Foraging behaviors

Individuals that took off from the water in higher wind speeds expended less energy, consistent with the effect of take-offs on energy expenditure observed in other albatrosses (Sakamoto et al., 2013; Shaffer et al., 2001a; Weimerskirch et al., 2000). When take-off wind speeds were lower, individuals performed more water landings, spent more time resting on the water, had lower foraging success and expended more energy (Tables S1 and S2). Gaining less mass with more water landings and performing more landings in energetically expensive wind speeds are somewhat counterintuitive because birds should limit landings to when food is located to conserve time and energy during chick rearing (Shaffer et al., 2001a; Weimerskirch et al., 2000). In 2011, Campbell albatrosses that had the highest mean take-off rates also spent a greater proportion of their total trip on the water, possibly because certain prey types required more surface time to exploit before resuming aerial searching (Weimerskirch, 2007; Weimerskirch and Pinaud, 2007). These individuals may have consumed smaller or less energy-dense prey types such as jellyfish (McInnes et al., 2017) and employed a sit-and-wait strategy to conserve energy while optimizing net energy gain (Conners et al., 2015; Louzao et al., 2014). In 2011, albatrosses may have employed this strategy if lower wind speeds reduced in-flight search efficiency and take-off efficiency (Spear and Ainley, 1997; Wakefield et al., 2009; Weimerskirch et al., 2000). Furthermore, when take-off wind speeds were higher, individuals may have spent less time on the water during feeding events, which could have led to under-represented landing frequencies given the sampling interval (10 min) of the GPS loggers in this study. Thus, mean wind speed at take-off may be a more reliable predictor of DEE than the number of take-offs when sampling intervals are potentially greater than landing intervals.

Environmental interactions

In addition to the effects of proportional mass gain and take-off wind speed, DEE was also affected by the proportion of strong headwinds during flight (>12 m s−1). Strong headwinds can offset flight direction and potentially force more energetically expensive corrective maneuvering (Louzao et al., 2014; Tarroux et al., 2016; Wakefield et al., 2009), particularly in species with higher wing aspect ratios like grey-headed albatrosses. Grey-headed albatrosses also encountered higher mean wind speeds than Campbell albatrosses (Table S3), so the proportion of strong headwinds encountered should be costlier. Albatrosses are known to use looping flight paths while transiting to foraging destinations (Weimerskirch et al., 2000) – keeping the wind at low-cost angles – but time and space constraints during early chick-rearing can limit the use of efficient flight strategies (Kroeger, 2019). Accordingly, DEE was higher when the proportion of strong headwinds was higher for grey-headed albatrosses compared with Campbell albatrosses under the same model conditions. Furthermore, although the consequences of strong tailwinds on soaring seabirds has received less attention (but see Alerstam et al., 2019; Spear and Ainley, 1997) and most cost models do not include this effect (Felicisimo et al., 2008; Louzao et al., 2014; Raymond et al., 2010), we found that a greater proportion of strong tailwinds was also energetically costly for both species. This cost may result from light wing loads while transiting from the nest to foraging grounds that are primarily downwind (Fig. 1), as this transit occurred when strong tailwinds could be most destabilizing to flight due to reduced body mass (Alerstam et al., 2019).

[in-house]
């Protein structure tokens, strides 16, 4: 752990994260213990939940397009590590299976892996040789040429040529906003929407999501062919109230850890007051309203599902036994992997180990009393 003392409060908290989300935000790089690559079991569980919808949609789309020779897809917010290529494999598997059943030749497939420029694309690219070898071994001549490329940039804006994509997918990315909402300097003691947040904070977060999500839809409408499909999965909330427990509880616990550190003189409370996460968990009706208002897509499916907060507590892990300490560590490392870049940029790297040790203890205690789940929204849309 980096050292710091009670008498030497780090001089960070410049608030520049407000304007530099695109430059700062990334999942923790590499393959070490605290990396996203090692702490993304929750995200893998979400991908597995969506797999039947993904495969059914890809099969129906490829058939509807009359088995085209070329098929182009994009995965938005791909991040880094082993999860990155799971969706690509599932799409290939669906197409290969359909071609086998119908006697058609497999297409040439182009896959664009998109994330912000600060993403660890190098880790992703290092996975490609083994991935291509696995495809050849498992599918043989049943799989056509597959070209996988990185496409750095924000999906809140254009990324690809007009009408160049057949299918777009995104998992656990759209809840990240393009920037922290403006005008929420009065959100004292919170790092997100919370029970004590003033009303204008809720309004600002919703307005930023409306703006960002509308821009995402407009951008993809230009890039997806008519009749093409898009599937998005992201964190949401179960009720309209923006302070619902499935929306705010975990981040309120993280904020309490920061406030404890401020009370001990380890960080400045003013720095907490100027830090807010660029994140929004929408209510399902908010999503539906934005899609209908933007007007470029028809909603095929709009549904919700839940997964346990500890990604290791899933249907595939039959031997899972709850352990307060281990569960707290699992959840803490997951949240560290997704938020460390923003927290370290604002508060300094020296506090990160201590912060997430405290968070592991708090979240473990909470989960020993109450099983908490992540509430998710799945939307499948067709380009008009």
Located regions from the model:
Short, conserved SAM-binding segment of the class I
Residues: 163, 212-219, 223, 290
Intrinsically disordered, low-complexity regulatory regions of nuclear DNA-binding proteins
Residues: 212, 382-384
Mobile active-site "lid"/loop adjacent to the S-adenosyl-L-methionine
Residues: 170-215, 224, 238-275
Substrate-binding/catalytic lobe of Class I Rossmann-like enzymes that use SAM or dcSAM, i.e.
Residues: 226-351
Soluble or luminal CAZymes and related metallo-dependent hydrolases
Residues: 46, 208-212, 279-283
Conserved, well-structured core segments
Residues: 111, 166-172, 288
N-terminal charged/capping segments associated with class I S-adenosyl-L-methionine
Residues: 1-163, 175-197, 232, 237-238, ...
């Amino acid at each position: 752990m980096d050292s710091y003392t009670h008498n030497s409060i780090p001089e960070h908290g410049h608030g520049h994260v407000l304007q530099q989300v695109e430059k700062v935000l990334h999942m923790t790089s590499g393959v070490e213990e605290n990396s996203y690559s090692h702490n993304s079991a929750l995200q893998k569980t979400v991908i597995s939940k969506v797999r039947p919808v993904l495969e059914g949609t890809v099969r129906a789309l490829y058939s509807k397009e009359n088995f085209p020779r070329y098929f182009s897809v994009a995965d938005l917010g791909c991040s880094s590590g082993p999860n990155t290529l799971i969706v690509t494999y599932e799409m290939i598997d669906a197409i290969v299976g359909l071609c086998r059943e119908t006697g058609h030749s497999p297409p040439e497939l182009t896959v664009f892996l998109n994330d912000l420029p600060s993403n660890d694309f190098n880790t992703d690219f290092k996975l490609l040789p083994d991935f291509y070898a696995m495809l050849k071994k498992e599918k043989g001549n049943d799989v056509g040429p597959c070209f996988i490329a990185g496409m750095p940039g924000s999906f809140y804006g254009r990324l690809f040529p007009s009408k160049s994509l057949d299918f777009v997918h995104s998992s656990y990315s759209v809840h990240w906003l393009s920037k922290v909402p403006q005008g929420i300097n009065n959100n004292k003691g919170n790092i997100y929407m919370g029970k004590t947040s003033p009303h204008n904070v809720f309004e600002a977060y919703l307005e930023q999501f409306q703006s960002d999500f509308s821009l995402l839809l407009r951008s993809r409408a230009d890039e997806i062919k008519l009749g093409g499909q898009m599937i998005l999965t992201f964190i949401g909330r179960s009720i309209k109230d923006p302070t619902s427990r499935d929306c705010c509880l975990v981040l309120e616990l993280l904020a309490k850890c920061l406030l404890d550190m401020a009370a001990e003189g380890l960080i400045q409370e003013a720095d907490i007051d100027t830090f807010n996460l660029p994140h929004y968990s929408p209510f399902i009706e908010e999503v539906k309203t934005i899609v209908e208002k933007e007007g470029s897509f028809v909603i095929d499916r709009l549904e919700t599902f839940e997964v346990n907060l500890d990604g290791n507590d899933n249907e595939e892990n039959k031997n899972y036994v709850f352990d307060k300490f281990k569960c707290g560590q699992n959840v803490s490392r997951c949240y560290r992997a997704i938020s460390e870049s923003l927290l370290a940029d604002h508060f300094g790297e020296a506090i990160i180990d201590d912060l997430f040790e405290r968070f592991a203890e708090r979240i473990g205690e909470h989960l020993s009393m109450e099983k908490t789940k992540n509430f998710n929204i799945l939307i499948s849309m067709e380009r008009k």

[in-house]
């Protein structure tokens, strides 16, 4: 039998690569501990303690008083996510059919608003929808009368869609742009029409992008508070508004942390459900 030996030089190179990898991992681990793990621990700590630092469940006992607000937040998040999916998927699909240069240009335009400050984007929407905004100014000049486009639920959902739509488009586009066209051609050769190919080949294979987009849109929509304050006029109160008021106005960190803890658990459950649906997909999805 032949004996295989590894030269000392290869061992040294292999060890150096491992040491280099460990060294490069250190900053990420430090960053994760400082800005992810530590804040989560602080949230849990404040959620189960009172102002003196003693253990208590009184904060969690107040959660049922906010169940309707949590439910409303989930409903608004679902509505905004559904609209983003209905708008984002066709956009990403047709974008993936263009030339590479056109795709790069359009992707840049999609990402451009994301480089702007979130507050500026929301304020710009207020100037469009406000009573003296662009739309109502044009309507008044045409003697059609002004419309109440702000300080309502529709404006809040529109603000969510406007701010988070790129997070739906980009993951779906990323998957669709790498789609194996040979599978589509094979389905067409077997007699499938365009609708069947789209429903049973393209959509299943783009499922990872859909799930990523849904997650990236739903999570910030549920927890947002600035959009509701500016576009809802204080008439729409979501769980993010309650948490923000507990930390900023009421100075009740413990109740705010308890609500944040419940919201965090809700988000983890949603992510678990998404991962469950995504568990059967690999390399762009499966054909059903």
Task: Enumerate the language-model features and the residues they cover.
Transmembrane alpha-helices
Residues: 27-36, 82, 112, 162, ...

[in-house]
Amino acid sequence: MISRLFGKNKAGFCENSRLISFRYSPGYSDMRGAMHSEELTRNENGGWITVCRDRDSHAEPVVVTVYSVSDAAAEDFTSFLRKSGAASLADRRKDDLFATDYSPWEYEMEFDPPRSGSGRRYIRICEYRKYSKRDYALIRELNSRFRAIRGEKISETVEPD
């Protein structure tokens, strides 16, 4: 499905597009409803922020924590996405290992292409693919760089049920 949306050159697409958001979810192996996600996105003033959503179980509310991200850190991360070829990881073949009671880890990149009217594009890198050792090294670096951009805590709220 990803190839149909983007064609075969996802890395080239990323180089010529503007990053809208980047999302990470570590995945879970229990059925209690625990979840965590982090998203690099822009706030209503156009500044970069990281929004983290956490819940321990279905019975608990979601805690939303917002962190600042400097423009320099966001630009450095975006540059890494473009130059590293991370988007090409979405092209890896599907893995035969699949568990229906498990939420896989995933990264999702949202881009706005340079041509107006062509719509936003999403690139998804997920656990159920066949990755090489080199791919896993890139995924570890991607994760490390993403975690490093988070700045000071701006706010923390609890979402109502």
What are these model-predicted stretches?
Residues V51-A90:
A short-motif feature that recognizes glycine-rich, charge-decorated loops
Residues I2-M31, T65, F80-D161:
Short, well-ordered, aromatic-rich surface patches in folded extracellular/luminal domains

The influence of chick age

Although the sample size decreased when chick age was considered, DEE was found to be lower in parents rearing older chicks. Sampling occurred at roughly the same duration after a foraging trip, but those with larger chicks were probably able to offload more food to their chick before recapture, weighing and re-sampling (Huin et al., 2000). Partially, or even fully, digested food in the forestomach may not fully equilibrate with total body water (Ricklefs et al., 1986). Thus, it is conceivable that body water pool sizes were over-estimated relative to the concentration of isotopes in the blood at the time of weighing. This effect would inflate the estimates of metabolic rate in adults with younger chicks. However, in 2012, individuals that were more successful foragers and probably retained more stomach contents at the time of re-sampling (Huin et al., 2000) had lower DEE that year. Hence it is more likely that as chicks age, food delivery is less frequent, allowing parents to use more energy-efficient foraging strategies to obtain food and maintain homeostasis (Weimerskirch and Lys, 2000; Weimerskirch et al., 2003).

Implications and future directions